Another Vet looking to becoming a Civilian again

CCNTraineeCCNTrainee Member Posts: 213
Hello everybody, I took a long break from this site as well as my studies after achieving my A+, N+ and CCENT while on my second tour in Afghanistan, now I am back at home getting ready to go to Korea... Right now I am in the middle of some life decisions, but I do know after this next adventure I am done with the Service.

So I got a few questions to ask... I have a little bit more then a year left, more if I decided to extend. When would be a good time to start feeling the waters for a job?? I am looking to settle in Arizona, Vegas or the South California area, was wondering if anyone has experience in the field out in those areas. I am looking to specialized in computer networking and virtualization, I would prefer to work in a NOC environment if possible, but will do my time on the help desk if I have to settle with that. I am not worried about finding a job but I am not expecting to get my dream job title as soon as I get out. Right now I am more focused on the location I want to settle rather then the money and the tri-state area I mentioned is where I want to be.

I am currently working on getting as much college credits as I can while I am still in and should have an Associates by the time I separate from the Service. I'm not planning on getting a Bachelors while I am in, I actually want to experience the college life and the social experience from it. I was wondering if anyone has gone to college in any of those areas and how much they enjoyed their experience. Hoping to complete a degree in the sorts of Computer/Information technology, not Computer Science (seems to appeal to Programmers).

Lastly, I was wondering if anyone could chime in on the difference of working in IT for the Govt vs the Private Sector??? If I was to become a defense contractor would that count the same as working for the Govt?? Main reason I ask is because I have a security clearance and rather not see it go to waste if possible. There is some other things I want to ask, but can't remember at the moment. Anyways thank you for your help and time. :)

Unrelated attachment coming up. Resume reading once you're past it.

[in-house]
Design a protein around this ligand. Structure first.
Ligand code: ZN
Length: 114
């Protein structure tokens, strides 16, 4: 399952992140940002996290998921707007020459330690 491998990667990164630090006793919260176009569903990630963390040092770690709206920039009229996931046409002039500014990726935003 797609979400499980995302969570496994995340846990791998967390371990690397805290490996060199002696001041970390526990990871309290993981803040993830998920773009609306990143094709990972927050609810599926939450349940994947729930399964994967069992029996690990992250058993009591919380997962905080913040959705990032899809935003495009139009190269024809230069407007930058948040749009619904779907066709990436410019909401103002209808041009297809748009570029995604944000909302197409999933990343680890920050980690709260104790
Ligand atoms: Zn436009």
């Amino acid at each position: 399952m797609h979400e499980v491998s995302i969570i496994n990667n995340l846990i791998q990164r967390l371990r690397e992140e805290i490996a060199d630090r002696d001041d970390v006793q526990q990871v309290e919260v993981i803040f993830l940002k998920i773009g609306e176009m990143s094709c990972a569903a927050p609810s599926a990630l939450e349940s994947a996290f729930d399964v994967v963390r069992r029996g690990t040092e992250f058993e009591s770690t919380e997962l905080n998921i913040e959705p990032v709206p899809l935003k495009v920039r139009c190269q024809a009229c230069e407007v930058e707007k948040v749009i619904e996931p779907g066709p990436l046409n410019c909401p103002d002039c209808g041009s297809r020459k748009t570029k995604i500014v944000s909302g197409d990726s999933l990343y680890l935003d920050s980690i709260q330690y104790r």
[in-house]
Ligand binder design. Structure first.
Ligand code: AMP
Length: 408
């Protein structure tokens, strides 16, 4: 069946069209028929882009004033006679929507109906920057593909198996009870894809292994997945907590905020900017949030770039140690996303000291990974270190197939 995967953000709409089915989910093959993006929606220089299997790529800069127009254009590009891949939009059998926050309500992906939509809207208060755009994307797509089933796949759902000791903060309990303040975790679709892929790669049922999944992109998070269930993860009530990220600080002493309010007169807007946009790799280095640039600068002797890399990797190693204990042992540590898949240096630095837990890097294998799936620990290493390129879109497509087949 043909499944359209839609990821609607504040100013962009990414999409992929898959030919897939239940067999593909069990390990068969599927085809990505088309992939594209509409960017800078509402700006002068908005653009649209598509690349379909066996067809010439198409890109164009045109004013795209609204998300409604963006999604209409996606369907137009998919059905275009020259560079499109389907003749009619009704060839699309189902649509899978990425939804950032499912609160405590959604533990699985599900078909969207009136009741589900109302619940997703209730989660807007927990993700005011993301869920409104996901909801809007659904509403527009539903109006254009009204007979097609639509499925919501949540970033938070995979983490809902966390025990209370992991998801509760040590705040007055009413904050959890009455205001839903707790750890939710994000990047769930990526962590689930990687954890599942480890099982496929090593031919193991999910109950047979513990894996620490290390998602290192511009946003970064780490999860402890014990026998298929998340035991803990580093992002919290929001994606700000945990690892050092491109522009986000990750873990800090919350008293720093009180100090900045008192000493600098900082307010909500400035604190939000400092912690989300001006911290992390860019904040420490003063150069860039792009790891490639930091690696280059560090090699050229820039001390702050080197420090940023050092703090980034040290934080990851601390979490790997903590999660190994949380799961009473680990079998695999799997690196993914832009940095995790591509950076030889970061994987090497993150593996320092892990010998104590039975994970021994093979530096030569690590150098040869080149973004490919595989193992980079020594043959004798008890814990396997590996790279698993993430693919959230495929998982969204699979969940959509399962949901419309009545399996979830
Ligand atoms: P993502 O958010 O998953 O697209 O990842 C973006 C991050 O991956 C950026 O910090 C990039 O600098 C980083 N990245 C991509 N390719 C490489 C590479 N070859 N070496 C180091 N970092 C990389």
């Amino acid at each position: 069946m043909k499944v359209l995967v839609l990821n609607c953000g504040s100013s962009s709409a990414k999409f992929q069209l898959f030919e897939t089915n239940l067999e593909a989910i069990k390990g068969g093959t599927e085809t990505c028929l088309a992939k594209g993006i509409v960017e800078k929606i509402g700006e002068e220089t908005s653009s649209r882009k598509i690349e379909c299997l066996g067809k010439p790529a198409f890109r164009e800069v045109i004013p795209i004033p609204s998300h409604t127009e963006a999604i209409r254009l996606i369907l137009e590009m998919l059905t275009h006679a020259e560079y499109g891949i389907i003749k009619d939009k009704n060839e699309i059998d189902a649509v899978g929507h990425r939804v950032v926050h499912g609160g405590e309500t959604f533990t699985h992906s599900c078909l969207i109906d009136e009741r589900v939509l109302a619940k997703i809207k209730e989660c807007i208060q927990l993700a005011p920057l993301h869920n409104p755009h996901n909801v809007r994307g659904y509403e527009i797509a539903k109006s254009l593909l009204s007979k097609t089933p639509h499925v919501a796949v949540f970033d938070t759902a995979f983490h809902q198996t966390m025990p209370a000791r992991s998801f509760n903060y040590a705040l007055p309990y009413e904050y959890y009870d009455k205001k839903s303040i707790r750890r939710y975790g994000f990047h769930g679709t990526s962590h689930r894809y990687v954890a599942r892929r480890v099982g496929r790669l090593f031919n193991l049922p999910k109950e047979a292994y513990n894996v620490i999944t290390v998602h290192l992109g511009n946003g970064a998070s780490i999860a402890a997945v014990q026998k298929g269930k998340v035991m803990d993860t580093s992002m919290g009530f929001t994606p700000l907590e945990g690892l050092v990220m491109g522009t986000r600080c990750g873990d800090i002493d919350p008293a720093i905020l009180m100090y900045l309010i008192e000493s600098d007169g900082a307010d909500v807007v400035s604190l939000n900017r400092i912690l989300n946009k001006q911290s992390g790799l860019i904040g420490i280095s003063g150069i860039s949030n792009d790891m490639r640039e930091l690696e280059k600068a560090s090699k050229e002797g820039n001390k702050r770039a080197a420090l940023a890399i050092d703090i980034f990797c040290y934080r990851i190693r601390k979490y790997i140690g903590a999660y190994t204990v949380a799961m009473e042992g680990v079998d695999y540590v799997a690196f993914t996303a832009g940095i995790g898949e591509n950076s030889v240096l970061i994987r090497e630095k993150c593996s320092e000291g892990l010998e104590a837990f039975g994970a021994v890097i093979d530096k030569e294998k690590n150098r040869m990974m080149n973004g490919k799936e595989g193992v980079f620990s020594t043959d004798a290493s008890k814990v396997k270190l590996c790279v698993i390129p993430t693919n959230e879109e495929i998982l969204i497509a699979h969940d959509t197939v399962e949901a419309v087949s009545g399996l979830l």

Comments

  • SephStormSephStorm Member Posts: 1,732
    A year out you want to start making connections, I worked with a guy for a full year, keeping him updated on my status; and 6 months out start applying. I understand you have an area where you want to go, but it may be smarter to go where the money and jobs are now, and move to your dream area later. Base your decision on the job outlook, and feedback from your recruiter POC's. Look on the sites, dice.com, clearancejobs, USA Jobs, and other,s don't forget state jobs and veterans jobs boards. look at positions you are interested in and see what the requirements are, spend your year saving money and getting those skills and experience. This is the year where you want to volunteer for (related)things outside of your normal job duties and get things that are going to make your resume shine. Make sure to get numbers, how many people do you support in your environment, how many tickets you complete.

    Gov can be difficult to get an in on without knowing someone, federal resumes will almost always DQ you IME, you can consider getting a service to create one for you. I cant well contrast gov vs. civilian, except that civilian supposedly has less... well its difficult to describe, each agency has its own quirks, and there will be some of the same issues in each. Regulation rules, until it doesn't. And people are always scared to do what needs to be done.

    /rant

    Contracting is nice, you are not a federal employee while working on a contract, but contacts matter. Often contractors will be preferred in gov hires within the same orginization. (if you work for NSA as a CNO Contractor, and a GS (or the NSPS equivalent) position opened, you could reasonably apply and receive the position.) You can retain your clearance by contracting or actual federal employment.
  • da_vatoda_vato Member Posts: 445
    Are you set on doing Networking or are you open to other IT opportunities? Are you dead set on those three states or are you open to other locations as well?

    Contracting is an easy gig to get as a Vet. The networking that comes from it is priceless so I believe DoD contracting is an excellent first job for a veteran. I took a contracting job when I got out and have been promoted three times and offered two different GS positions all from the networking I have done in this area.

    Its a little scary getting out because there is so much that is unknown and it is a entire life change. I personally think you are on the right track, get all the education you can. The more credentials you have that some else doesn't helps getting a job that much easier for you.
  • jeffgibbsjeffgibbs Member Posts: 25 ■□□□□□□□□□
    Ok here is my two cents worth of advice. I came off of active duty and stayed in the FT Hood Area. I stayed here precisely because I knew my expertise as a Signal Corps Warrant Officer would easily help me find a job in the area and it did. The thing about the contracting world is that while the pay is often good sometimes it is unpredictable as well. One day in late April of 2006 we were all called together and a Full Bird Colonel told us he had budget cutbacks being forced on him and 25 of us would be let go by the end of the next month. Just like that. We had not done anything wrong but just like that the Army changed its mind / priorities and a pretty good job evaporated in the blink of an eye.